There are very few Chaffinches in the park, so it was a surprise to see a female at the back of the Lido. She dashed past holding a feather, and is clearly building a nest, but I only managed to get a picture when she reappeared from inside a bush.
Sadly, all the Chaffinches in the park seem to be infected with the virus that causes scaly growths on their legs and feet. They can live with this condition for some time. But is it reducing their lifespan so much that the species is fading out of the park?
I haven't seen the Coal Tits in the leaf yard for several days, but one turned up to be fed today. Their song can be heard deep in the bushes here, and probably they too are nesting.
Both Grey Heron nests on the island remain occupied. On the lower nest the sitting bird got up to turn the eggs, and then settled down comfortably again.
It's less clear what is going on in the upper nest, which is hard to see behind twigs.
The Black Swan was with his girlfriend, but they were not doing anything beyond making a picturesque couple.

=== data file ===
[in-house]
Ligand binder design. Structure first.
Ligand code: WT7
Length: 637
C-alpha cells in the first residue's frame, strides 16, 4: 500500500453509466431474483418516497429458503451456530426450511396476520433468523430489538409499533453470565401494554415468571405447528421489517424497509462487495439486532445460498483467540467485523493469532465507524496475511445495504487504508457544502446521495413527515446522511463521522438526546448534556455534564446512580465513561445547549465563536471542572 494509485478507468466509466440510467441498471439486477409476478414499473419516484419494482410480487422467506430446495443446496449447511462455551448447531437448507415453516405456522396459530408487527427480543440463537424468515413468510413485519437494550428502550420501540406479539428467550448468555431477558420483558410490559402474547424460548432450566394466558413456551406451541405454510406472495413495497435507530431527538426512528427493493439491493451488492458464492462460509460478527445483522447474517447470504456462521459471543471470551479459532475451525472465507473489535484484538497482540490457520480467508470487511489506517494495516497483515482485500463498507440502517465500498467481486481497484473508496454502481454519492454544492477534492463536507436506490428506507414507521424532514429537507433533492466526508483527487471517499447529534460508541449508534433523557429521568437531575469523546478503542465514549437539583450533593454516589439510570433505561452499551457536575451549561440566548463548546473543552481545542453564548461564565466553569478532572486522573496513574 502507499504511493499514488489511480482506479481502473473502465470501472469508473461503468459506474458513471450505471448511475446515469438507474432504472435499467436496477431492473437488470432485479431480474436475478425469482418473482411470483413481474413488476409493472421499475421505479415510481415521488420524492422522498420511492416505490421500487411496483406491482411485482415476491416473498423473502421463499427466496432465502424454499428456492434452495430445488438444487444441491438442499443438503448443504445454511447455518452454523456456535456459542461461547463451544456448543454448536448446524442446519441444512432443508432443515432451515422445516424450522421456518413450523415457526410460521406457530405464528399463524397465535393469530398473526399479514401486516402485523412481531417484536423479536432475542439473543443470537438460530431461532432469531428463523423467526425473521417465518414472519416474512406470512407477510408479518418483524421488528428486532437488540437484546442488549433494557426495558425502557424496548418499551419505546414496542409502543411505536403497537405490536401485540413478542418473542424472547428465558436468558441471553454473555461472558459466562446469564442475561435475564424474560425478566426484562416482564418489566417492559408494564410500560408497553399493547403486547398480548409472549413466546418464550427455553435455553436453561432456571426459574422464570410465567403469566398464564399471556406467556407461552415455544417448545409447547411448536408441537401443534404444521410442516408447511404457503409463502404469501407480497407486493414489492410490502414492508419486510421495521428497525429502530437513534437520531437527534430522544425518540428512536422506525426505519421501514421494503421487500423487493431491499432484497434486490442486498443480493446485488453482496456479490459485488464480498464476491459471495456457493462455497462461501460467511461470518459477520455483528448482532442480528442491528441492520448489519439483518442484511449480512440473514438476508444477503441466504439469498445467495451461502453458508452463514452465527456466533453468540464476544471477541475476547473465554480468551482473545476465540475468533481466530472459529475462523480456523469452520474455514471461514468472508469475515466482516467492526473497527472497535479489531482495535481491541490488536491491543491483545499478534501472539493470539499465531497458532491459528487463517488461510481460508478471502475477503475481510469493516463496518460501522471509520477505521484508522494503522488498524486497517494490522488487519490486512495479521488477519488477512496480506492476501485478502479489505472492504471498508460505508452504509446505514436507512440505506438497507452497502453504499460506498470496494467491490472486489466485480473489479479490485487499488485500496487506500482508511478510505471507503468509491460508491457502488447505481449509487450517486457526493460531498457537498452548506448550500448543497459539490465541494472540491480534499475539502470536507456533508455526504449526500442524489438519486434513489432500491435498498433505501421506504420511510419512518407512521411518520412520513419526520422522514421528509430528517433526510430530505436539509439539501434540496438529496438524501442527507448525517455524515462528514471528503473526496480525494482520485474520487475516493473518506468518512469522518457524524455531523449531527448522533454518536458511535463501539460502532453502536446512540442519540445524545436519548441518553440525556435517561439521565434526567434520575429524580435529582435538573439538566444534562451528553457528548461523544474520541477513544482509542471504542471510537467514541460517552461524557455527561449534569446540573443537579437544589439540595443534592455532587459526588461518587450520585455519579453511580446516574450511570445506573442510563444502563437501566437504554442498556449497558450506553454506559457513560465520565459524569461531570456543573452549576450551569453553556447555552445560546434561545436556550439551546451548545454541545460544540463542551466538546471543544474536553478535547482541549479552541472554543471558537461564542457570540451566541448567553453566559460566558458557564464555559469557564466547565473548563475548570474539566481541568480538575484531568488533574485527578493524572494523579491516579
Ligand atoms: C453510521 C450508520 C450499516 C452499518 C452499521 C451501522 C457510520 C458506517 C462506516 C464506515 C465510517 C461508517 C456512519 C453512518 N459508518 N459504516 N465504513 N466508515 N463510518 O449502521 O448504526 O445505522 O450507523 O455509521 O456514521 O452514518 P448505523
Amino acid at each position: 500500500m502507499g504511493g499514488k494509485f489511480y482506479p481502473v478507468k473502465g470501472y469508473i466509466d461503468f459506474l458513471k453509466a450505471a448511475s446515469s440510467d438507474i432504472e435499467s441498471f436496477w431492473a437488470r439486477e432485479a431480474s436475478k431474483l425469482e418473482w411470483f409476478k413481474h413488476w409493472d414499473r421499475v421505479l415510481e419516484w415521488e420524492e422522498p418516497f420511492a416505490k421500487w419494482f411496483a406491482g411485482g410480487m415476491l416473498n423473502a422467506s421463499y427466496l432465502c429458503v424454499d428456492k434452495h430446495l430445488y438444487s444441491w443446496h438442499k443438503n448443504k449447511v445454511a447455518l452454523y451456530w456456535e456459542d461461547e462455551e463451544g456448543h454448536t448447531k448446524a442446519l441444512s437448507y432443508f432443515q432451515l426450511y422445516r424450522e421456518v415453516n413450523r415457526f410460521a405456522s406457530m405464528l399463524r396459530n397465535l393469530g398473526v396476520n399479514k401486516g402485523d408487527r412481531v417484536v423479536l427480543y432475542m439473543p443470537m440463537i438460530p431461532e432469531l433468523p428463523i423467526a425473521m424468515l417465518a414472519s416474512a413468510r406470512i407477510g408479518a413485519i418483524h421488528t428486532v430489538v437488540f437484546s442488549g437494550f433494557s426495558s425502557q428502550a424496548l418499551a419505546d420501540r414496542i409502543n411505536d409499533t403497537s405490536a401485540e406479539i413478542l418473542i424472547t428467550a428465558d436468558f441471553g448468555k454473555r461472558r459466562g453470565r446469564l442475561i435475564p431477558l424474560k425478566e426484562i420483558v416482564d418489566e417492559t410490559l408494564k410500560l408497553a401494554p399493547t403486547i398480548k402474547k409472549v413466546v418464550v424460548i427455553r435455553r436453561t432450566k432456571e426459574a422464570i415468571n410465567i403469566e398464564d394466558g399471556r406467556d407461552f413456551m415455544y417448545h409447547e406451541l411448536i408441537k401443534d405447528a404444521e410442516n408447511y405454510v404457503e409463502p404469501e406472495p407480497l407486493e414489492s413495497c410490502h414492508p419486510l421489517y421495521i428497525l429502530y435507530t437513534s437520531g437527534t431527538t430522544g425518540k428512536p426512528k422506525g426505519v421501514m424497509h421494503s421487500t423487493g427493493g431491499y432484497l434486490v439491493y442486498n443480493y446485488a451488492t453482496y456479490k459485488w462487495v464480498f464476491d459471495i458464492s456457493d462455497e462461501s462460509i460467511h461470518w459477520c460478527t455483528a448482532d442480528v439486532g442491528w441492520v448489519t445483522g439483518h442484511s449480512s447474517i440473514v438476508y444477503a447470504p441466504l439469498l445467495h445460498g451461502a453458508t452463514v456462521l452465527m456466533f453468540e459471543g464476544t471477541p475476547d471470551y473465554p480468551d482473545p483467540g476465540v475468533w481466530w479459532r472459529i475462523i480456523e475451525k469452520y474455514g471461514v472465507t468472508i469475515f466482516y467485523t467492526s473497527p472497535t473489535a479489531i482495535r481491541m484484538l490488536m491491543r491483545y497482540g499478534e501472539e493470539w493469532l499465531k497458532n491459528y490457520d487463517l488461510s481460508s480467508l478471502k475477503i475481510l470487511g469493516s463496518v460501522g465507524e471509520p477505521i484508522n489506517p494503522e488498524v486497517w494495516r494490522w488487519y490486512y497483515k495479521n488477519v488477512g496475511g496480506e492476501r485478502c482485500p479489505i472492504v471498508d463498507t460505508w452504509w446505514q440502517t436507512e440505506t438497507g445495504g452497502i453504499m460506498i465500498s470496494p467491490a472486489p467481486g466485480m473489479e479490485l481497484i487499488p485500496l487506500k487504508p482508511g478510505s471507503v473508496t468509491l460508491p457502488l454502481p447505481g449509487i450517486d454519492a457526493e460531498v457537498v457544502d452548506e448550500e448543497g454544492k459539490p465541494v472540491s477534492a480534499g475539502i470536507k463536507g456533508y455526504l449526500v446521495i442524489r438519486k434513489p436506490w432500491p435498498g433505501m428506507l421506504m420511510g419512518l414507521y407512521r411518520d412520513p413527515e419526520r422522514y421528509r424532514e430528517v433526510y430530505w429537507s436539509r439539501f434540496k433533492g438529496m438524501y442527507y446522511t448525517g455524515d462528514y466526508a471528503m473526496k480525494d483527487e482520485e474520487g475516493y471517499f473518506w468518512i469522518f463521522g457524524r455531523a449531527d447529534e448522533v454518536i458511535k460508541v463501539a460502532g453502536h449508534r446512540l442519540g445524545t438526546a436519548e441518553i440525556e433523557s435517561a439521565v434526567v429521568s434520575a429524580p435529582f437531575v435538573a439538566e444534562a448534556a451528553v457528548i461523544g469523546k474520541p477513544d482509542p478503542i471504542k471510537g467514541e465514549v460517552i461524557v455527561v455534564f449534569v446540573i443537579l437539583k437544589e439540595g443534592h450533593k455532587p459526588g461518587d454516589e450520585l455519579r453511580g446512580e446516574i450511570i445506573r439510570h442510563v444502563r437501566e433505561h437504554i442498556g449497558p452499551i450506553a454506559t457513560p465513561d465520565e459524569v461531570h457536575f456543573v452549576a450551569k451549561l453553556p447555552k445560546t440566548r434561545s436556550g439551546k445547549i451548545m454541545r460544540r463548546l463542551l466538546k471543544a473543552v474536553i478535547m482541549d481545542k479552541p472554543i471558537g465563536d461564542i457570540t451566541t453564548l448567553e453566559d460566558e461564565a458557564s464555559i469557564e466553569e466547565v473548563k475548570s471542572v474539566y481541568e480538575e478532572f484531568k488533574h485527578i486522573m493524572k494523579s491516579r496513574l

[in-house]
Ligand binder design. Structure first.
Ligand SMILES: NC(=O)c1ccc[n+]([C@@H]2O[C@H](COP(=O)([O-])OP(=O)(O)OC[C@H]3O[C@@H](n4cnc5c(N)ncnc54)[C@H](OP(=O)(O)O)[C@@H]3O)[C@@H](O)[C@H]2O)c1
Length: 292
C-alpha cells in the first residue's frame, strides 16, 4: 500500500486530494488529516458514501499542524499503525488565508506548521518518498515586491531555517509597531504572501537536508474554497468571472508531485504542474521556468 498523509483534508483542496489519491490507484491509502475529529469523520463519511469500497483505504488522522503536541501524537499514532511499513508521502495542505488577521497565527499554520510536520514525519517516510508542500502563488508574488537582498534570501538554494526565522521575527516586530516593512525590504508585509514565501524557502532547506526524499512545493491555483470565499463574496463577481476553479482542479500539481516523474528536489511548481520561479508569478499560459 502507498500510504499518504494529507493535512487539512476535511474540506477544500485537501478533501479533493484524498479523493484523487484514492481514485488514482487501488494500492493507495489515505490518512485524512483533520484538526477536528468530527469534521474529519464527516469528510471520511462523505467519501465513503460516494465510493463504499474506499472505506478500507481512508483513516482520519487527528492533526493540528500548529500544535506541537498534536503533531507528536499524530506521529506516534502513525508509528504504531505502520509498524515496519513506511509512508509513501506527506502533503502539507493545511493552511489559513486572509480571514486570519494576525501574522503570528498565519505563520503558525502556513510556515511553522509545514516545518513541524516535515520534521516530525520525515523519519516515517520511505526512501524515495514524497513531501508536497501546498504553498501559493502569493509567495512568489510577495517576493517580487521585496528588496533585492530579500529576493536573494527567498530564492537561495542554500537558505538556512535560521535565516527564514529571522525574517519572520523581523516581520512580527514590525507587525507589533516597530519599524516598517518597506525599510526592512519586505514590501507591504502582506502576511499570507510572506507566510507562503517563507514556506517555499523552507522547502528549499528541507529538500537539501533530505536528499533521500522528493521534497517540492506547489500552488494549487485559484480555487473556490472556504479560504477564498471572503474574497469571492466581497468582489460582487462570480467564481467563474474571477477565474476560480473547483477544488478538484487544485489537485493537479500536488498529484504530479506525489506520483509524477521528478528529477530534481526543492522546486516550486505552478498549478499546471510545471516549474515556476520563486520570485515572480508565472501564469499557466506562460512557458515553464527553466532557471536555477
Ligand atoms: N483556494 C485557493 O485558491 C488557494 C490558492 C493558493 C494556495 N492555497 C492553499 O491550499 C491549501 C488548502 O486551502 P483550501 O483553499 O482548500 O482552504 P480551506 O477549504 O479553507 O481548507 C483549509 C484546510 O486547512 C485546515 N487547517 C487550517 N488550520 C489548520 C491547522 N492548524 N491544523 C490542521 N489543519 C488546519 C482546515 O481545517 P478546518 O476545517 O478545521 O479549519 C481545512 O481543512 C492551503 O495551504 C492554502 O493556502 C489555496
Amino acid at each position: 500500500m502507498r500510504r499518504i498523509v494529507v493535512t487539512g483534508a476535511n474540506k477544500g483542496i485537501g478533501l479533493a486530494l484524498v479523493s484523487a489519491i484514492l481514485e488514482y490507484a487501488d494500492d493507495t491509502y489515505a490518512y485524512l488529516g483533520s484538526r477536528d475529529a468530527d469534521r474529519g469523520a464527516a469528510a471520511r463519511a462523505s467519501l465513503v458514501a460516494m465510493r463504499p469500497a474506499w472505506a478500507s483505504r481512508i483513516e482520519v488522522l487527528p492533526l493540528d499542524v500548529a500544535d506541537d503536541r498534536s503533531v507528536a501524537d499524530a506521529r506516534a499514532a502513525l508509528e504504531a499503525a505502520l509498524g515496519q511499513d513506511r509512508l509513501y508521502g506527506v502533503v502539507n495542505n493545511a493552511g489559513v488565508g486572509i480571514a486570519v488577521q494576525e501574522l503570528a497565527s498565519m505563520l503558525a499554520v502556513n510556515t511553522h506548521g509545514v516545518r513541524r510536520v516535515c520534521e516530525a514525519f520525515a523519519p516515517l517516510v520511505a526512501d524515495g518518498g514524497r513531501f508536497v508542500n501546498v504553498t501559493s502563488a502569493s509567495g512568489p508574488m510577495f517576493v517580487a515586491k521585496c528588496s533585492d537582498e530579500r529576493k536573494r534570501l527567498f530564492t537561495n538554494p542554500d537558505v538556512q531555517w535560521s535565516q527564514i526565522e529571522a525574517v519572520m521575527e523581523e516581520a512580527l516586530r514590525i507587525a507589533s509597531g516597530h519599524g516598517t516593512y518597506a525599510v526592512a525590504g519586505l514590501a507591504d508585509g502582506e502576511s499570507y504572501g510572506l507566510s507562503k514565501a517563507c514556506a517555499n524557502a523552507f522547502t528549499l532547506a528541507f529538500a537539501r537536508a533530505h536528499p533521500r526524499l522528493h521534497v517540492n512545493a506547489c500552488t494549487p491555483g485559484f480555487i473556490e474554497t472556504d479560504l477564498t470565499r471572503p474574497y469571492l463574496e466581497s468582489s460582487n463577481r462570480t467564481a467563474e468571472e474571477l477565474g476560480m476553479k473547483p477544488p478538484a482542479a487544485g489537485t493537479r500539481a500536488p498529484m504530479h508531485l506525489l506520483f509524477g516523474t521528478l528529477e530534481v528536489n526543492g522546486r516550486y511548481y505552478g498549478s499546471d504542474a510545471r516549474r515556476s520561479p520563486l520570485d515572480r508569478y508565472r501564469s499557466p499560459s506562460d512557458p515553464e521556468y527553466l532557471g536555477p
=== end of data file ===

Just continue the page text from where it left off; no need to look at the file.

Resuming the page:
He is not the only swan to prefer his girlfriends young.
The white Mallard drake swam past unconcernedly.
This beautiful blonde female Mallard seems to be a new arrival on the Serpentine. She has a normal coloured mate.
A Red-Crested Pochard at the island, cruising with his mate, suddenly and for no visible reason lost patience with her and chased her away.
A pair of Mandarins may be nesting in a hole in the willow tree near the bridge. Yesterday Virginia Grey took this fine picture of them resting on the leaning trunk.
On a dim grey day, it was a surprise to see the Little Owls in both the oak tree near the Albert Memorial and the lime near the Henry Moore. This is the first of them.
They had had an Egyptian Goose walking over the top of their nest hole, but it was too big to get in a presented no threat.
A Magpie had found a discarded pizza box and was eating tomato and mozzarella from the greaseproof paper.